The relationship between Lang Lang and the Chicago Symphony is an important one, for it was with this orchestra he had a major breakthrough, substituting for André Watts at Ravinia in 1999 as a 17-year-old wunderkind. His enduring popularity was the big draw Saturday night in his take on Prokofiev’s Piano Concerto no. 3 in C major.

The concerto's world première was given by the composer himself on this very same stage in 1921. A clarinet duet from John Bruce Yeh and J. Lawrie Bloom initiated matters, answered by a strained melody in the strings before the piano entered. From here on, there was no mistaking who the main protagonist was, Charles Dutoit and the CSO’s fine playing subservient to Lang Lang’s demands. His gestures were unashamedly ostentatious, for instance, quickly releasing a chord to fling his arm up towards the sky.

There was genuine lyricism in the first variation of the middle movement, and Christopher Martin’s trumpet made a noteworthy showing in the following variation. Lang Lang played the opening figure of the finale with quite a bit more staccato than I’d prefer, but what was most memorable was the biting Rachmaninov-like lyricism in the strings later in the movement. The gratuitous head-bobbing notwithstanding, Lang Lang’s self-assurance and technical fireworks were undeniably impressive, and perhaps the percussive character of Prokofiev is better suited to his proclivities than Beethoven or Chopin. I wish he’d use his popularity to show the wider public the power of subtlety and understatement. After extended cheers and ovations – the atmosphere was nearly that of a pop concert – he returned to the keyboard with the Intermezzo no. 1 in E minor of Manuel Ponce, fortunately a much gentler affair.

The rest of the program was devoted to Stravinsky, and it’s worth noting that instead of the Prokofiev, this week’s subscription concerts offered Stravinsky’s Symphony in C, which the CSO commissioned for their 50th anniversary. I caught the Thursday performance and was quite taken by the razor-sharp, muscular playing in this brilliant if infrequently heard neoclassical score. The program opened with Stravinsky’s Fireworks, a high-octane fanfare that draws comparison with Debussy’s prelude of the same title.  One could feel as if the lit wick of an incendiary was getting shorter and shorter in this dazzling display of orchestral pyrotechnics.

Although it was Lang Lang who was responsible for filling the hall, the real highlight of the program, and what truly elevated the evening beyond the quotidian, was Dutoit’s visionary take on The Firebird, in the complete ballet version. One was indeed struck at how much fine music was necessarily excised in the more commonly performed suites the composer later produced. The suites also feature more economical orchestration as Stravinsky perfected the craft, however, there was certain allure to hearing the raw energy of the youthful firebrand’s original vision. Though it may lack the wild pagan rhythms of the Rite that followed just three years later, under Dutoit’s baton, even to the wary, modern listener, the score sounded as remarkably fresh and revolutionary as ever.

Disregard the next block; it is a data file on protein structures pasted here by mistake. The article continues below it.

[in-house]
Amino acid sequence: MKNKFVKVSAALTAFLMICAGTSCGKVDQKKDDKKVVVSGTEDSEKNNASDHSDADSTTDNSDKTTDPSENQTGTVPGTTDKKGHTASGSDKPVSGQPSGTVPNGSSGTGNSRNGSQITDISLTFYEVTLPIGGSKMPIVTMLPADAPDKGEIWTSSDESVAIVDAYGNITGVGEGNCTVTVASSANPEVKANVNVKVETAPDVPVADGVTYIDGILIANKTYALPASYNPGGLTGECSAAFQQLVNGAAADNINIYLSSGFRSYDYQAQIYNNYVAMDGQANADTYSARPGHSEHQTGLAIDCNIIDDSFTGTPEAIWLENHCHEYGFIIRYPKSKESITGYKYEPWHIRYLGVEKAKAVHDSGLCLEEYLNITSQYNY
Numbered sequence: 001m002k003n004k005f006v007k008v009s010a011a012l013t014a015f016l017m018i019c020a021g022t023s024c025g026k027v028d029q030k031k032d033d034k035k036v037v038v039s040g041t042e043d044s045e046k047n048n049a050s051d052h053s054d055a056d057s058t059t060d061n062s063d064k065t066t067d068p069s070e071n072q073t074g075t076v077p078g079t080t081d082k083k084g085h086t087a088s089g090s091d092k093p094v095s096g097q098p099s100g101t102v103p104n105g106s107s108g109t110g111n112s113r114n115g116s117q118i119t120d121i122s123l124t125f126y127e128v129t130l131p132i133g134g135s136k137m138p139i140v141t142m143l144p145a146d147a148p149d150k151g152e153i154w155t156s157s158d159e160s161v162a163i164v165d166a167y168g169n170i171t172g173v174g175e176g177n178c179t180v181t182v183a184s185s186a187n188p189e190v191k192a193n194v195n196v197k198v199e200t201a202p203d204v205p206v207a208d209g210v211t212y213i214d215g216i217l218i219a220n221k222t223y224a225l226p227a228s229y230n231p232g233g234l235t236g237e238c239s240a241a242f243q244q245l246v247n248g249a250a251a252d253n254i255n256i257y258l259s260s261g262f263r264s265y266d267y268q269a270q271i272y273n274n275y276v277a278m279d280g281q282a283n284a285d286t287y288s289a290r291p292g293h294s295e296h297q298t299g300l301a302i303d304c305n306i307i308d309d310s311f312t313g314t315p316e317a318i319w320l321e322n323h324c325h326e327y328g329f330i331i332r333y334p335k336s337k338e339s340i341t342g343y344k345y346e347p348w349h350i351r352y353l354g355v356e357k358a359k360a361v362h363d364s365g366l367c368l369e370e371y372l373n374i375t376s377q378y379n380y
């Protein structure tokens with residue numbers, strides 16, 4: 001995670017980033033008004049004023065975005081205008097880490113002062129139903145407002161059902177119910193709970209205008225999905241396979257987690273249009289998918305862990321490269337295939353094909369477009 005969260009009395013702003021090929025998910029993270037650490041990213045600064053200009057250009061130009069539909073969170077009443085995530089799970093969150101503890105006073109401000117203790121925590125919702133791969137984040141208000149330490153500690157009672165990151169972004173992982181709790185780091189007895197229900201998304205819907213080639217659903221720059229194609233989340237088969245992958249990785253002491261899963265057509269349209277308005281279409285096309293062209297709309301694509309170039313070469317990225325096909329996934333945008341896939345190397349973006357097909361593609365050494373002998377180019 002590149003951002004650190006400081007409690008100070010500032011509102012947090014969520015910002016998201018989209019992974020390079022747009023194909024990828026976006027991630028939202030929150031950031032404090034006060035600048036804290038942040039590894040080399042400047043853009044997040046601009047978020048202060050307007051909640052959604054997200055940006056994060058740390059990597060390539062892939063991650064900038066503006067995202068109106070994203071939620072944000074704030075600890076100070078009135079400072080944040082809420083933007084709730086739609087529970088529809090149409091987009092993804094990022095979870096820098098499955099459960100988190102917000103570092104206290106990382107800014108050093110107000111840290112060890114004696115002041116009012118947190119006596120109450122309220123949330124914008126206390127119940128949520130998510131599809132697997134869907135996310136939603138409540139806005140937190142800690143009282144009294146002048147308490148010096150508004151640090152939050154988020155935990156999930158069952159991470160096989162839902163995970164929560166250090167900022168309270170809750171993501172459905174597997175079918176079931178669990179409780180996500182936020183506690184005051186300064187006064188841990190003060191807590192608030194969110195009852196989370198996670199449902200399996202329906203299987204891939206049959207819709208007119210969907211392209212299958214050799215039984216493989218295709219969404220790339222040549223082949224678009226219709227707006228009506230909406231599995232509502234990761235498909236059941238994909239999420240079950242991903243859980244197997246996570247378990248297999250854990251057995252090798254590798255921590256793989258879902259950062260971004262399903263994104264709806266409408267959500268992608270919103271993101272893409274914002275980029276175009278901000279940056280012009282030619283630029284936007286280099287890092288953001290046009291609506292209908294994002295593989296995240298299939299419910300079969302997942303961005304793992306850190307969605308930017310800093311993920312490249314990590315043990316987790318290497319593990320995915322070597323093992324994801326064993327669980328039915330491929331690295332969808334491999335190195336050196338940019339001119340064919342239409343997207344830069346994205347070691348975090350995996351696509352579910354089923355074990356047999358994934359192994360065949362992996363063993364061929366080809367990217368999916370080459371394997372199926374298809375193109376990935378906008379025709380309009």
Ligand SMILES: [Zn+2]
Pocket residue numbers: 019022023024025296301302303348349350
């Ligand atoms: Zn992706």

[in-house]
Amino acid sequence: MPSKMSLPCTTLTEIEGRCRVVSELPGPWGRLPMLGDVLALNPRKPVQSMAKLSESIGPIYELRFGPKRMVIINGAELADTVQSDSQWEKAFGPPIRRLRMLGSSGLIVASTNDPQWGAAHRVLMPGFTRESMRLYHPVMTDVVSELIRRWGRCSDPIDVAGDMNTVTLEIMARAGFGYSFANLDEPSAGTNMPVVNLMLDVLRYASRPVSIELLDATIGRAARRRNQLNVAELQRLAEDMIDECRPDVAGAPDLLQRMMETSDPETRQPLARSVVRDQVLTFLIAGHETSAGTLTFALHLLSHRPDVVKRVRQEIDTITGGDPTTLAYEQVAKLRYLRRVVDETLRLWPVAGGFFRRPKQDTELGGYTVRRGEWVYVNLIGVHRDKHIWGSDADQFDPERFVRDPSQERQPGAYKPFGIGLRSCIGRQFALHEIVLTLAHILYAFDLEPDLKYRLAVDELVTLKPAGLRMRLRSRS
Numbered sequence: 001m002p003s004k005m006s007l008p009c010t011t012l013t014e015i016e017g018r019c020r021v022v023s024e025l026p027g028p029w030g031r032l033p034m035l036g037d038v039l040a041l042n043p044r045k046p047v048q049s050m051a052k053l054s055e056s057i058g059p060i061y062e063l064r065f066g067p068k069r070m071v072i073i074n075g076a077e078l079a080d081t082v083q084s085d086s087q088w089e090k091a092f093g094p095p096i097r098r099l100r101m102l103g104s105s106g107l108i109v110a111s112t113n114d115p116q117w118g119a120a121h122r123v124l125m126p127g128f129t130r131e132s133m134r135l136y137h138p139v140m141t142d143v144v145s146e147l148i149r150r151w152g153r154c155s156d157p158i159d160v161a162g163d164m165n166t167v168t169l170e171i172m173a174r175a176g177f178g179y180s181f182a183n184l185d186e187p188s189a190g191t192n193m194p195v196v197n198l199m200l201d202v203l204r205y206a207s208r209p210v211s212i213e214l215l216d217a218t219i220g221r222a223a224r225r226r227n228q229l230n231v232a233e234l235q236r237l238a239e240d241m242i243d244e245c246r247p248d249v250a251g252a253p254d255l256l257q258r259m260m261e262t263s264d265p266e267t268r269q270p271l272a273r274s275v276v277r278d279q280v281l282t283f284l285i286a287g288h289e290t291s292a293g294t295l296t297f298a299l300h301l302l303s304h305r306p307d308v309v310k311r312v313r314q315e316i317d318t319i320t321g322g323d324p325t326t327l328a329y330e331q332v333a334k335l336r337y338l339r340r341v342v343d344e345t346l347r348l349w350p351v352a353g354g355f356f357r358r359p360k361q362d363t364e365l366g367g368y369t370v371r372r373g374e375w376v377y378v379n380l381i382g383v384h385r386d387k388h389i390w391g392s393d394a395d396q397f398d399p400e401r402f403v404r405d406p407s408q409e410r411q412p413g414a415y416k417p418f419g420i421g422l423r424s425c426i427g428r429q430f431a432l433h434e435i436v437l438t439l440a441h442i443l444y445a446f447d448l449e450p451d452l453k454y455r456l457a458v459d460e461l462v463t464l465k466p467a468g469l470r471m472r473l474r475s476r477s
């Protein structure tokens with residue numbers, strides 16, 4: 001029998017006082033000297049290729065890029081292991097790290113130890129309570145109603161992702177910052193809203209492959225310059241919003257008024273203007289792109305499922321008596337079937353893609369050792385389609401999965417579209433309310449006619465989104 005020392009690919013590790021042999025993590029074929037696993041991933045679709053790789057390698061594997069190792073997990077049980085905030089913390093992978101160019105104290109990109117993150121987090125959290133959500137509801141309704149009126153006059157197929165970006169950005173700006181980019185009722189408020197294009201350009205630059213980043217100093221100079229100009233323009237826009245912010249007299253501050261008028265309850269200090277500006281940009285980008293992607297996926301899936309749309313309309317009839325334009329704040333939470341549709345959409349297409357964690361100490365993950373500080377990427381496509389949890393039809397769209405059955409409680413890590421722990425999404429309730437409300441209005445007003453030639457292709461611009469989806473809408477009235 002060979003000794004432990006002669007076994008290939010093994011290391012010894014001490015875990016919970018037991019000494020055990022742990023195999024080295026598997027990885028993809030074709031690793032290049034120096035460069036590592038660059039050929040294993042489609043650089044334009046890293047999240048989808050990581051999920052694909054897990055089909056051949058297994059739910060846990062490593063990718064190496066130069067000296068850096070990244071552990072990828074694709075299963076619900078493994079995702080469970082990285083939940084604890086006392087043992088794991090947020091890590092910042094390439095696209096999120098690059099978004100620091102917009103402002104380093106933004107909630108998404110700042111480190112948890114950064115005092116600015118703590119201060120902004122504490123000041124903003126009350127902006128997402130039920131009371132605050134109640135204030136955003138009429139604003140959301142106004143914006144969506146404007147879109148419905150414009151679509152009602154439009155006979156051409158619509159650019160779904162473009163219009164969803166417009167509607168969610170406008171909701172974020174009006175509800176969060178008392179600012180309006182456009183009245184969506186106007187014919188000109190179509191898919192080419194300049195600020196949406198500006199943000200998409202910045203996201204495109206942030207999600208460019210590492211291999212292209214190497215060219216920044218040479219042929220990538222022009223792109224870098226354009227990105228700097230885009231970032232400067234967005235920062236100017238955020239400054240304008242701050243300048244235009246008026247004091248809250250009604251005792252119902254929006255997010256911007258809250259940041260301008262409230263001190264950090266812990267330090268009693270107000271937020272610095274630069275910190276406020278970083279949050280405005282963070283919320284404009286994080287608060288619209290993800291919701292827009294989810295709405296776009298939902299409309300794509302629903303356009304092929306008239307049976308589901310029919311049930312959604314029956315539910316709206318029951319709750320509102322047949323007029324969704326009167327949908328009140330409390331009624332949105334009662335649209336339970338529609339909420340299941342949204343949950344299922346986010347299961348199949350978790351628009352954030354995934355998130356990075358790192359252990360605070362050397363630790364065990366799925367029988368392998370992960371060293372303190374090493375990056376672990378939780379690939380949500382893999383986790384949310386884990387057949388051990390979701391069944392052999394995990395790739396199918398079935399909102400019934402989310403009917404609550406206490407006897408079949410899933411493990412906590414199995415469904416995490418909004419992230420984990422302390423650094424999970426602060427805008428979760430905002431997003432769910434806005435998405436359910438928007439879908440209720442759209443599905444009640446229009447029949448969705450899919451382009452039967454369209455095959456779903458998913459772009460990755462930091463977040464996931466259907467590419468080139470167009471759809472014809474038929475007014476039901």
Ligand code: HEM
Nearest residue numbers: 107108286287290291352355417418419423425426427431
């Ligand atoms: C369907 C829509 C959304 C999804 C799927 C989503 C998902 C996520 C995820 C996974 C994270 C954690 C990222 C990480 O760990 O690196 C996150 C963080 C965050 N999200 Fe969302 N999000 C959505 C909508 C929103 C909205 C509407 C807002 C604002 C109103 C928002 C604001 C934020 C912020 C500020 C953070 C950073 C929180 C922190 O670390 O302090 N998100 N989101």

The mysterious opening set the tone for the intense drama that was to come, and surely the natural-harmonic string glissandos are one of the most striking effects in the literature. Even without the presence of dancers, one could easily follow the narrative the musicians were unfurling, for example, Li-Kuo Chang’s mournful viola melody to depict the captured Firebird. There was a wonderful wistfulness in “The Princesses’ Khorovod”, first carried in the oboe by Michael Henoch and later answered by cellist John Sharp and clarinetist Stephen Williamson.

“Daybreak” was clearly not an entirely optimistic affair with the descending tritones in the trumpets. The visceral power of the orchestra was to be felt in “Magic Carillon”, with a large percussion battery including tubular bells, and a brass section augmented by a pair of Wagner tubas. “Infernal Dance of all Kashchei’s Subjects” was jaw-droppingly impressive, Cynthia Yeh’s xylophone being a standout, before it quietly dissipated into the “Lullaby”, desolately plodding along, grounded by the three harps. At last, Daniel Gingrich’s wondrous horn solo depicted the transcendent resurrection, and the orchestra built to one last glorious climax, brilliant and incandescent.